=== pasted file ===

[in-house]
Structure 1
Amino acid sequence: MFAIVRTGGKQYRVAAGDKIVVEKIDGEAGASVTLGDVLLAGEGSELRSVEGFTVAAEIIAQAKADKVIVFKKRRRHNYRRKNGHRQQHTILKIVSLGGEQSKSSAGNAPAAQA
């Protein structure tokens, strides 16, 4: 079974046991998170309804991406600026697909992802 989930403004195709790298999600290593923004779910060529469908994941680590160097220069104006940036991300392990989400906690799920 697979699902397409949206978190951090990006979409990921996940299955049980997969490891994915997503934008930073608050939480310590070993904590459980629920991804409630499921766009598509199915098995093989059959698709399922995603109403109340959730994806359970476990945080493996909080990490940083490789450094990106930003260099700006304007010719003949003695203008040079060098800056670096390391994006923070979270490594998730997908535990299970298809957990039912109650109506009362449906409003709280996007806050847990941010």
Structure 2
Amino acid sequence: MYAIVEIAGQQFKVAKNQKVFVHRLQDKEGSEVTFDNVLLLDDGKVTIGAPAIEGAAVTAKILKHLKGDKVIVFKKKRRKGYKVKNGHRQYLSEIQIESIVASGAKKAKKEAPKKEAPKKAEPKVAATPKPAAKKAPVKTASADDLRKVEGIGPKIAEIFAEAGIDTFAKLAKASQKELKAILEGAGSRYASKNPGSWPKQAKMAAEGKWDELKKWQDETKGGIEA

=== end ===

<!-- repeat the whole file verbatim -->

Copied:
[in-house]
Structure 1
Amino acid sequence: MFAIVRTGGKQYRVAAGDKIVVEKIDGEAGASVTLGDVLLAGEGSELRSVEGFTVAAEIIAQAKADKVIVFKKRRRHNYRRKNGHRQQHTILKIVSLGGEQSKSSAGNAPAAQA
């Protein structure tokens, strides 16, 4: 079974046991998170309804991406600026697909992802 989930403004195709790298999600290593923004779910060529469908994941680590160097220069104006940036991300392990989400906690799920 697979699902397409949206978190951090990006979409990921996940299955049980997969490891994915997503934008930073608050939480310590070993904590459980629920991804409630499921766009598509199915098995093989059959698709399922995603109403109340959730994806359970476990945080493996909080990490940083490789450094990106930003260099700006304007010719003949003695203008040079060098800056670096390391994006923070979270490594998730997908535990299970298809957990039912109650109506009362449906409003709280996007806050847990941010």
Structure 2
Amino acid sequence: MYAIVEIAGQQFKVAKNQKVFVHRLQDKEGSEVTFDNVLLLDDGKVTIGAPAIEGAAVTAKILKHLKGDKVIVFKKKRRKGYKVKNGHRQYLSEIQIESIVASGAKKAKKEAPKKEAPKKAEPKVAATPKPAAKKAPVKTASADDLRKVEGIGPKIAEIFAEAGIDTFAKLAKASQKELKAILEGAGSRYASKNPGSWPKQAKMAAEGKWDELKKWQDETKGGIEA